The Cateran formed in Edinburgh in the mid-1980s, with a line-up comprising Inverness natives Sandy Macpherson (vocals), Cameron Fraser (guitar), Murdo MacLeod (guitar), Kai Davidson (bass guitar), and Andy Milne (drums). Davidson had played in several bands in the early 1980s, including Reasons For Emotion, which also featured Craig and Charlie Reid, who later found fame as The Proclaimers.
They were initially influenced by US acts such as Hüsker Dü and the Dead Kennedys, and signed to the DDT label. The band’s debut release was the 1986 mini-LP Little Circles and subsequent single Last Big Lie, which they promoted by touring with The Proclaimers, for whom Davidson also acted as manager. They moved on to Vinyl Solution for the second album, Bite Deeper in 1988, before moving on again to Imaginary Records later that year for The Black Album EP. The band’s third and final album, Ache, was issued in 1989 on the What Goes On label, and the band supported Nirvana on their UK tour that year.
A further EP followed in 1990 before the band split in 1991, with MacLeod and Davidson forming a new band, Joyriders, who released two singles, both of which were named “Single of the Week” by the NME, before splitting up in the mid-1990s. A compilation album of the Joyriders recordings was issued in Japan in 2009.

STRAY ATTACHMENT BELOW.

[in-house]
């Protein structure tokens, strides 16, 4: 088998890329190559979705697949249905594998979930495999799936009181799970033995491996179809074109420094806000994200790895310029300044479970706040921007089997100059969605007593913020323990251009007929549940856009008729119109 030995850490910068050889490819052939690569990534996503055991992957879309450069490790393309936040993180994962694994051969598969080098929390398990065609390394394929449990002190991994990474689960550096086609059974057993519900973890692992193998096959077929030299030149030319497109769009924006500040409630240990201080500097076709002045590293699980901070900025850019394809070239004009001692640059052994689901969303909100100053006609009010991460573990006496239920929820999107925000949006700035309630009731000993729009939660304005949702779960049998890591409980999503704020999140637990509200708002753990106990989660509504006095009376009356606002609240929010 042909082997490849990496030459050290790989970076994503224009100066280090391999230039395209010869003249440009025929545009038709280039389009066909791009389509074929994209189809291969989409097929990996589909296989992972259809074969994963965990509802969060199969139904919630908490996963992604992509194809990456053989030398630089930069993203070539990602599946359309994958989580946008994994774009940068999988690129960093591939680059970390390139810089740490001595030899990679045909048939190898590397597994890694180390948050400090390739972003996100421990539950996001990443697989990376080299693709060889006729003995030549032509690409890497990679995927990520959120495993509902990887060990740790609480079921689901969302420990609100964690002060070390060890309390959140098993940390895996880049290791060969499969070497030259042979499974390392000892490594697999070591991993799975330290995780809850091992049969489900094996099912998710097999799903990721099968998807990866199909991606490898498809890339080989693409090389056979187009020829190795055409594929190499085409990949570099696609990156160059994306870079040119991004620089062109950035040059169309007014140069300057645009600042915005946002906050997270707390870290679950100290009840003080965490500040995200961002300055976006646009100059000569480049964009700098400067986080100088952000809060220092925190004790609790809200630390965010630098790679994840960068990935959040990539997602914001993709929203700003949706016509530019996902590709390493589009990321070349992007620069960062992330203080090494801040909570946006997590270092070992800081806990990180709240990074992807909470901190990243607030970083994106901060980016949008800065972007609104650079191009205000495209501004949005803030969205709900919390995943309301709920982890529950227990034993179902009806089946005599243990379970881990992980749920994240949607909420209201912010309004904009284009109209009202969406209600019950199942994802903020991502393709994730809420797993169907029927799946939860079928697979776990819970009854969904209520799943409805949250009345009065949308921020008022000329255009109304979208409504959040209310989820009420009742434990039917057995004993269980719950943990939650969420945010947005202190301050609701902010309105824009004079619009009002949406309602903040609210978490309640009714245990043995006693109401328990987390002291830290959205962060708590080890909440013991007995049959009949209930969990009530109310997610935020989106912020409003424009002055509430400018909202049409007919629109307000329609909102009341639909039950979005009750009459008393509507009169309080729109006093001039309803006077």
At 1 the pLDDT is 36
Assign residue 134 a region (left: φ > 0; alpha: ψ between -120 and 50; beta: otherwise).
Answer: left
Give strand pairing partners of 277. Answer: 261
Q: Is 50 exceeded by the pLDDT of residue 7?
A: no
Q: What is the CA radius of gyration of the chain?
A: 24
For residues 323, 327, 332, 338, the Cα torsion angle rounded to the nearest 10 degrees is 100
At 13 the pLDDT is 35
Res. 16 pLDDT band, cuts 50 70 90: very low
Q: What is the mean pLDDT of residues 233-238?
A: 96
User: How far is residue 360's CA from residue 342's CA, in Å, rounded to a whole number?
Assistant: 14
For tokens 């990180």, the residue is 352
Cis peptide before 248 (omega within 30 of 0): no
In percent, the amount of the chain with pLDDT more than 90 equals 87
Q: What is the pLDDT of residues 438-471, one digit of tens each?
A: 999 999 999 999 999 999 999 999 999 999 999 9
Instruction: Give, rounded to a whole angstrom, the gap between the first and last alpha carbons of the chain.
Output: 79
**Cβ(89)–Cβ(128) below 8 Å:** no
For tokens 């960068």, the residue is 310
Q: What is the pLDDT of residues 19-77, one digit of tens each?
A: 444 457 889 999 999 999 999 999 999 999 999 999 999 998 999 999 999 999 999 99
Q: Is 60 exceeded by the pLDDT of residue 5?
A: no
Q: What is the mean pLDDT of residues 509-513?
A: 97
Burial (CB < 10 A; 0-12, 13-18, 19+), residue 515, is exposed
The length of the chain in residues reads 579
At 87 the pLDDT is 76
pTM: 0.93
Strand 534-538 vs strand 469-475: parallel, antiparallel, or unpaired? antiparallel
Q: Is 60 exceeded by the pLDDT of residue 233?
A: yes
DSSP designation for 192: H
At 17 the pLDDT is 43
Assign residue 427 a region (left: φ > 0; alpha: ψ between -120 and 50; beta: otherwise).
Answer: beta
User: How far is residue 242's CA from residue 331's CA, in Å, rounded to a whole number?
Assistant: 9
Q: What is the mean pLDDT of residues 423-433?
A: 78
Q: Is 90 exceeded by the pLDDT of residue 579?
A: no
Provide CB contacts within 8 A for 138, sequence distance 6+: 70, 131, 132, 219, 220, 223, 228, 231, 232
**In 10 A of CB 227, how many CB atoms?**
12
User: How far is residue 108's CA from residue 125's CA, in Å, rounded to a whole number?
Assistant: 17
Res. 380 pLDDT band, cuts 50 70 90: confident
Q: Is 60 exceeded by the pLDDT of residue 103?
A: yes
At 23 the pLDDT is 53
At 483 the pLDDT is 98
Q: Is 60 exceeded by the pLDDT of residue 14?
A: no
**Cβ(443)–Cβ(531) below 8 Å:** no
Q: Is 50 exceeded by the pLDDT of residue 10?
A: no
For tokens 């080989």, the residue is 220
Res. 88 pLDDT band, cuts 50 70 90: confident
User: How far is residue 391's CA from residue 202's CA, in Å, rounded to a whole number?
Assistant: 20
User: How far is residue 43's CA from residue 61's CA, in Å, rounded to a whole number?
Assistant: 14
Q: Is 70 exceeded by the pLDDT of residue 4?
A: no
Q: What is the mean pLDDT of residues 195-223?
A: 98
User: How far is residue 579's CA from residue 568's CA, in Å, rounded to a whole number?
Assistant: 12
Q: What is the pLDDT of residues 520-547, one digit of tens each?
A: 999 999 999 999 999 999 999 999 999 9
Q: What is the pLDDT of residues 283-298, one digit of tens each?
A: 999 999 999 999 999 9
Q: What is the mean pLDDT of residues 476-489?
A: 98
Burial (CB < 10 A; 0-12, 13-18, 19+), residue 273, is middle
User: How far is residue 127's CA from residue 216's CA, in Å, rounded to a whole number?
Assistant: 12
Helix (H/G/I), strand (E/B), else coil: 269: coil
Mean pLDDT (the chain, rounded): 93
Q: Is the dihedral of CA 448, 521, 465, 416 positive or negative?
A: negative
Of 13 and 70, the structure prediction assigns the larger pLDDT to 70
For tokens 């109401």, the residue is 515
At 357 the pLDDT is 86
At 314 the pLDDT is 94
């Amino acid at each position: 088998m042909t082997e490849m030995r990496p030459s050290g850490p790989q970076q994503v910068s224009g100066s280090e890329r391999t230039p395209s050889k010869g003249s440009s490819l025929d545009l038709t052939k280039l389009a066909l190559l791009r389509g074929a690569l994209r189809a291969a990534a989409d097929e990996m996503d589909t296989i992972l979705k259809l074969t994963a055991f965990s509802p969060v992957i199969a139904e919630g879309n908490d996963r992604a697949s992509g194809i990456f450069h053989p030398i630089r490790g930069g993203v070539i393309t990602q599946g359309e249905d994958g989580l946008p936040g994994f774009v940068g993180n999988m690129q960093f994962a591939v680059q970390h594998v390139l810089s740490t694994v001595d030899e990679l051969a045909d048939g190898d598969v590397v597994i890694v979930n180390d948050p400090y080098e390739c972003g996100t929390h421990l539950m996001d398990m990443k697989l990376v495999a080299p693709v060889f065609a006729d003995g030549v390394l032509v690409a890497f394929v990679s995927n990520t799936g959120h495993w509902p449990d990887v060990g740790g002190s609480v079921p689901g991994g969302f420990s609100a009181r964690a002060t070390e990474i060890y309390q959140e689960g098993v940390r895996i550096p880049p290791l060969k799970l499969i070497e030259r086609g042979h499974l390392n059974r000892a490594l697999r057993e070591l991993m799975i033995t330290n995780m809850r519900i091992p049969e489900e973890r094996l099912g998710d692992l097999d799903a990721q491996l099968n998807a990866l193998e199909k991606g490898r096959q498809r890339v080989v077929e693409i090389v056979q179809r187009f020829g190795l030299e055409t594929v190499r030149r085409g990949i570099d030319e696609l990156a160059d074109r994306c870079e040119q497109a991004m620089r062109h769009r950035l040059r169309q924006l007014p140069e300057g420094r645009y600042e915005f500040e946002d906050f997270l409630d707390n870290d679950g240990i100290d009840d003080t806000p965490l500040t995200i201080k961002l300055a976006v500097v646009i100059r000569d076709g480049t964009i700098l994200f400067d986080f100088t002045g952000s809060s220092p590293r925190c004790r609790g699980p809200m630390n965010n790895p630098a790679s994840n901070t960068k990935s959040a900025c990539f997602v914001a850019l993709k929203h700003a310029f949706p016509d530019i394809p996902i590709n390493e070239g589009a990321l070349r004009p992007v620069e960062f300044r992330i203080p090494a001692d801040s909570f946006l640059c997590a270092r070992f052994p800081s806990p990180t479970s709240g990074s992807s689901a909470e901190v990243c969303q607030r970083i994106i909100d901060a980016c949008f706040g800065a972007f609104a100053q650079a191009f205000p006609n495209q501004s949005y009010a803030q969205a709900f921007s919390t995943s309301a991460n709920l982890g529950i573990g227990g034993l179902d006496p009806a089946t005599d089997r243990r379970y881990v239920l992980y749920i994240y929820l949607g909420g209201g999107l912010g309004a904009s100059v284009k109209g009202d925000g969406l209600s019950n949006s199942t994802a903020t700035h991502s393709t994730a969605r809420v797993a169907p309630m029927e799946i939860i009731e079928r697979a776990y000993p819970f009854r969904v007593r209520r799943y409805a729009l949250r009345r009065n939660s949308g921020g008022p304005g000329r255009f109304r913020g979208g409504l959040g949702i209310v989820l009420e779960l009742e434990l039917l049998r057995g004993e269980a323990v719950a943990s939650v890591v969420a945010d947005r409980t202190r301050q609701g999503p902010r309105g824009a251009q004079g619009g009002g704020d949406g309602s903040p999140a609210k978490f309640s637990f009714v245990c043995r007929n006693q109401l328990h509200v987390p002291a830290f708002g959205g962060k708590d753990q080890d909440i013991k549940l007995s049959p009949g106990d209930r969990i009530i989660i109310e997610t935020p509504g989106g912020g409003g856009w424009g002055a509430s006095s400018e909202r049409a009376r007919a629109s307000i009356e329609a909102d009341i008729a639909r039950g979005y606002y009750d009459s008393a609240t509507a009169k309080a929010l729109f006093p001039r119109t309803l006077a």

Davidson later had a career as a social worker, and died on 13 June 2007, aged 44, after falling from a tower block. A fund was set up in his memory to support young musicians. The Proclaimers donated £20,000 to the fund in December 2007.
Murdo McLeod, the guitarist with The Cateran, was the first bona-fide rock musician I ever met and had a drink with thanks to him being a friend and flatmate of a work colleague who also hailed from Inverness. I went along to see the band a couple of times in 1986 and actually picked up a copy of their debut material at the time. However, the work colleague was soon on his way to a new job in London and I lost any real interest in The Cateran.
Incidentally, the replacement for The Cateran fan in the office turned out to be Jacques the Kipper and through him I would meet and have drinks with my second bona-fide rock star, namely Hugh Duggie of Foil (as featured recently in a wonderful ICA).
Strange world sometimes.